Pierre C. Rumpf's Blog
Downsizing appears to be a common theme among Baby Boomers as they transition from family life and professional pursuits to retirement. Not all members of this generation are willing to give up the spacious and beautiful homes to which they've grown accustomed, however. As some downsize, others are on the hunt for upgrades that will make their lives more convenient while also infusing every day with additional elements of luxury. Whether these upgrades are incorporated in existing homes undergoing renovation or sought out in new purchases, they can make a real difference in the lives of active Baby Boomers. The following are among the most commonly pursued upgrades:
Clever Storage And Shelving Solutions
Aging homeowners are not particularly enthused about straining or bending over to reach essentials in kitchens or other practical spaces. The storage solutions they were willing to abide by in the past may no longer cut it. Thankfully, modern storage options now take limited mobility and other concerns into account.
Solutions such as slide-out shelving allow for easier access. Likewise, the Lazy Susan is in the midst of a much-deserved revival. Adjustments to cabinet and counter height can also make a huge difference in the lives of senior homeowners.
Walk-In Showers or Tubs
Bathroom layouts that once seemed reasonable now strike many Baby Boomers as highly impractical. Many hope that this space will serve as a peaceful retreat, in which they can enjoy their own personal oasis. This spa-like feeling is impossible to accomplish if the mere act of getting in and out of the shower requires extensive effort. Hence, the current popularity of accessible showers and tubs, which remove steps or curbs that might otherwise get in the way.
Modern tubs and showers often include non-slip flooring, railing, or built-in seats. Even if not currently needed, these features provide valuable peace of mind to Baby Boomers who worry about navigating their homes in the event of illness or injury.
Some Baby Boomers prefer to trade in their large family homes for smaller residences. Others, however, recognize that they can still make use of extra space — and that their need for several rooms may return in the near future.
Flex spaces allow Boomers to use extra rooms as they see fit, while also providing the possibility of a swift change, should the need arise. Homeowners may use these rooms to pursue hobbies or kick back with friends, but they also enjoy the solace of knowing that such spaces can become guest rooms, offices, or other essentials when warranted.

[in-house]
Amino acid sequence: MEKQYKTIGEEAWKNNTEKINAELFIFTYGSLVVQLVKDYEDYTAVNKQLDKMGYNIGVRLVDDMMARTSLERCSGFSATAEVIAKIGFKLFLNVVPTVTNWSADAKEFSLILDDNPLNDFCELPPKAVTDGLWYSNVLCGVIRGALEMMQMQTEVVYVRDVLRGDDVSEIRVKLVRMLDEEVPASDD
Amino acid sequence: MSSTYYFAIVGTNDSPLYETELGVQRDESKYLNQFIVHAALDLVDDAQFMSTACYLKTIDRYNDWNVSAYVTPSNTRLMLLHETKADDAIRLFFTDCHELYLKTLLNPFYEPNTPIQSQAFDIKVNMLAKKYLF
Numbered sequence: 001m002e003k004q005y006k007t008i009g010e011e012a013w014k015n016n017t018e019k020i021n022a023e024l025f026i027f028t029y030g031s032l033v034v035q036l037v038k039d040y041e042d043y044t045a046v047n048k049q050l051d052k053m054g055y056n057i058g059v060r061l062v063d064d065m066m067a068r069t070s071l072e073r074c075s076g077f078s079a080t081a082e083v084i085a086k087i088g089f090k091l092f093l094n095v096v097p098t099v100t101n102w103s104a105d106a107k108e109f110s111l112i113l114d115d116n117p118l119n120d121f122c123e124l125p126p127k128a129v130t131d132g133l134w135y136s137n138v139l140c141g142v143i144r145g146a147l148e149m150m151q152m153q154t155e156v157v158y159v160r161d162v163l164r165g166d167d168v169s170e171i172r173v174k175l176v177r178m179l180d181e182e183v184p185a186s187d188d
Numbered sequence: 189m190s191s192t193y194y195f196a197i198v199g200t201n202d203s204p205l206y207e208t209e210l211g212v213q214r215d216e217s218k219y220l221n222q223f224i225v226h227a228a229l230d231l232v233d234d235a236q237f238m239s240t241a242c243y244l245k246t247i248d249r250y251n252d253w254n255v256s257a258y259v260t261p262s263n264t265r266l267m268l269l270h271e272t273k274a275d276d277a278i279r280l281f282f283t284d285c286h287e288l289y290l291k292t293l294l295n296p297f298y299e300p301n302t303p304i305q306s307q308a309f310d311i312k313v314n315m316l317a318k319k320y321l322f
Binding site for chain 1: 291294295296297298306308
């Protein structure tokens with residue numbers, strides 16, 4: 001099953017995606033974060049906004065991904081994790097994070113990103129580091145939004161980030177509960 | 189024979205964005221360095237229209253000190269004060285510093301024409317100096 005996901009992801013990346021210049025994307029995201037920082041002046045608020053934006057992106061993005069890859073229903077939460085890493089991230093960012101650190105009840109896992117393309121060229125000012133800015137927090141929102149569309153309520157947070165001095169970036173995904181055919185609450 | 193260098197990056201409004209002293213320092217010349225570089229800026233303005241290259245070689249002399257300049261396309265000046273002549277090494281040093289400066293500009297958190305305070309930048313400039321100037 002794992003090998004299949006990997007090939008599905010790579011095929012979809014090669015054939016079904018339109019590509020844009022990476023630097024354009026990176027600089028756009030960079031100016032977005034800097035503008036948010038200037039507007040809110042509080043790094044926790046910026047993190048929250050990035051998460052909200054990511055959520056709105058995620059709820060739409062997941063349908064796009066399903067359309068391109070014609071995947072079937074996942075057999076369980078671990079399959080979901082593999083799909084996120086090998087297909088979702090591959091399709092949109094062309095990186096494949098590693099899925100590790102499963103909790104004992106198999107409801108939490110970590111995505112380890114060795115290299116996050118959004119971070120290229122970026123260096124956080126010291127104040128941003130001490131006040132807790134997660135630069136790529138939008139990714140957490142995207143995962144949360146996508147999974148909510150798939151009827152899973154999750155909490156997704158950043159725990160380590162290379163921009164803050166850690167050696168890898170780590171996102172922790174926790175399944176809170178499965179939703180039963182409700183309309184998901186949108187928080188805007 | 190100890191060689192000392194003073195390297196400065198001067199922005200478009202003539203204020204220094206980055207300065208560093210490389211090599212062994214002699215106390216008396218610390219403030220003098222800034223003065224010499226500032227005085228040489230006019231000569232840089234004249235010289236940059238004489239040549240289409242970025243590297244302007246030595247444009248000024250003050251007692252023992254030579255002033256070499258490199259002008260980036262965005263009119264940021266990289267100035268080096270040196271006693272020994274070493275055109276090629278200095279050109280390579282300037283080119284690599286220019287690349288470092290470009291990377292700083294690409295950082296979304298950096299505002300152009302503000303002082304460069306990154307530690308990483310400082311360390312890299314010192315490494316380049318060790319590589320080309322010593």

While Baby Boomers appreciate sleek and sophisticated finishes, they are most interested in the convenient arrangements that will allow them to make the most of homeownership in years to come. Those who think beyond traditional retirement housing solutions can enjoy a wonderful way of life during their golden years.
The benefits of having an outdoor heater cannot be over-emphasized as it significantly impacts the amount of time you spend enjoying your outdoor space during colder weather. There are critical factors to consider when choosing the right outdoor heater.
The Location of The Outdoor Heater
To determine which type of outdoor heating you need, first, decide where you plan to use the heater. Will it be stationary or moved around your property? With this information in hand, you can choose the outdoor heating that best suits your expectations and your criteria.
For example, if you want an outdoor heater installed on the terrace of your garden, patio, gazebo, or other fixed places and don’t plan to move it often, consider opting for an inline gas patio heater. If you like the flames of a gas unit but need it to be portable, opt for a freestanding LP unit. These are heavier and more stable.
If you are looking for a light, space-saving, easily transportable and CO2-free outdoor heating system, then choosing an electric patio heater, an electric heating parasol or a fire pit is best.
The Power of Outdoor Heating
It is crucial to consider the power source of the outdoor heater and its manufacturing material. Be aware that outdoor gas heaters generally produce more heat than electric heaters but are slower in rising in temperature. On the other hand, electric outdoor heaters heat up nearly instantly. For materials, choose stainless steel if you live near the sea or in the mountains to protect against corrosion. Also, note that vertical heat tends to provide more comfort than horizontal units.